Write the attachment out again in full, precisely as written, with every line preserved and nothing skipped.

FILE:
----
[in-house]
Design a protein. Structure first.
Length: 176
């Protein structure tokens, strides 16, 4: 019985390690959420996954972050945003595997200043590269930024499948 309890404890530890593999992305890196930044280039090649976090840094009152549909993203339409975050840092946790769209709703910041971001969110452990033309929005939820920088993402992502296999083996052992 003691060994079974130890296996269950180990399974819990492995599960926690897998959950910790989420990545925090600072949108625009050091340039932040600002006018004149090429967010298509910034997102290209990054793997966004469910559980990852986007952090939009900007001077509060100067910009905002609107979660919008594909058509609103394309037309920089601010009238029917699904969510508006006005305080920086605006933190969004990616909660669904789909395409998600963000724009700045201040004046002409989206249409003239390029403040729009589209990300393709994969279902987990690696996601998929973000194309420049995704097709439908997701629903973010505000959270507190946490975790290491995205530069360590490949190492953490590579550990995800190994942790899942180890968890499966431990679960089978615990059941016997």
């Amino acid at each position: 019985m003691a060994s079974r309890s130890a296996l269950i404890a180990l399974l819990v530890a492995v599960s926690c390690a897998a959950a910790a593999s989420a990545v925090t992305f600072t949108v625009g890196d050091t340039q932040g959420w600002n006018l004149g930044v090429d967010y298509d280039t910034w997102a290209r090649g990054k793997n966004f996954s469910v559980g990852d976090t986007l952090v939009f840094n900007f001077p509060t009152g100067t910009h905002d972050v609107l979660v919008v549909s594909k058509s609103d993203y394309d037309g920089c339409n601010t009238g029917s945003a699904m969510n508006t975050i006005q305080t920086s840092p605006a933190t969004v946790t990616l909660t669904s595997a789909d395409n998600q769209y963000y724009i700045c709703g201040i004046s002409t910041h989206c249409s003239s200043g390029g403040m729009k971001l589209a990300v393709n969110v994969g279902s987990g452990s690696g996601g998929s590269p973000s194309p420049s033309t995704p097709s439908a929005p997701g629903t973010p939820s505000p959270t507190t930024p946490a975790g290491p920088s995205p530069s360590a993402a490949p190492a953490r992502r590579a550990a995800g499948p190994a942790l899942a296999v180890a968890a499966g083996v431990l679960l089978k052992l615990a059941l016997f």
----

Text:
[in-house]
Design a protein. Structure first.
Length: 176
């Protein structure tokens, strides 16, 4: 019985390690959420996954972050945003595997200043590269930024499948 309890404890530890593999992305890196930044280039090649976090840094009152549909993203339409975050840092946790769209709703910041971001969110452990033309929005939820920088993402992502296999083996052992 003691060994079974130890296996269950180990399974819990492995599960926690897998959950910790989420990545925090600072949108625009050091340039932040600002006018004149090429967010298509910034997102290209990054793997966004469910559980990852986007952090939009900007001077509060100067910009905002609107979660919008594909058509609103394309037309920089601010009238029917699904969510508006006005305080920086605006933190969004990616909660669904789909395409998600963000724009700045201040004046002409989206249409003239390029403040729009589209990300393709994969279902987990690696996601998929973000194309420049995704097709439908997701629903973010505000959270507190946490975790290491995205530069360590490949190492953490590579550990995800190994942790899942180890968890499966431990679960089978615990059941016997």
């Amino acid at each position: 019985m003691a060994s079974r309890s130890a296996l269950i404890a180990l399974l819990v530890a492995v599960s926690c390690a897998a959950a910790a593999s989420a990545v925090t992305f600072t949108v625009g890196d050091t340039q932040g959420w600002n006018l004149g930044v090429d967010y298509d280039t910034w997102a290209r090649g990054k793997n966004f996954s469910v559980g990852d976090t986007l952090v939009f840094n900007f001077p509060t009152g100067t910009h905002d972050v609107l979660v919008v549909s594909k058509s609103d993203y394309d037309g920089c339409n601010t009238g029917s945003a699904m969510n508006t975050i006005q305080t920086s840092p605006a933190t969004v946790t990616l909660t669904s595997a789909d395409n998600q769209y963000y724009i700045c709703g201040i004046s002409t910041h989206c249409s003239s200043g390029g403040m729009k971001l589209a990300v393709n969110v994969g279902s987990g452990s690696g996601g998929s590269p973000s194309p420049s033309t995704p097709s439908a929005p997701g629903t973010p939820s505000p959270t507190t930024p946490a975790g290491p920088s995205p530069s360590a993402a490949p190492a953490r992502r590579a550990a995800g499948p190994a942790l899942a296999v180890a968890a499966g083996v431990l679960l089978k052992l615990a059941l016997f």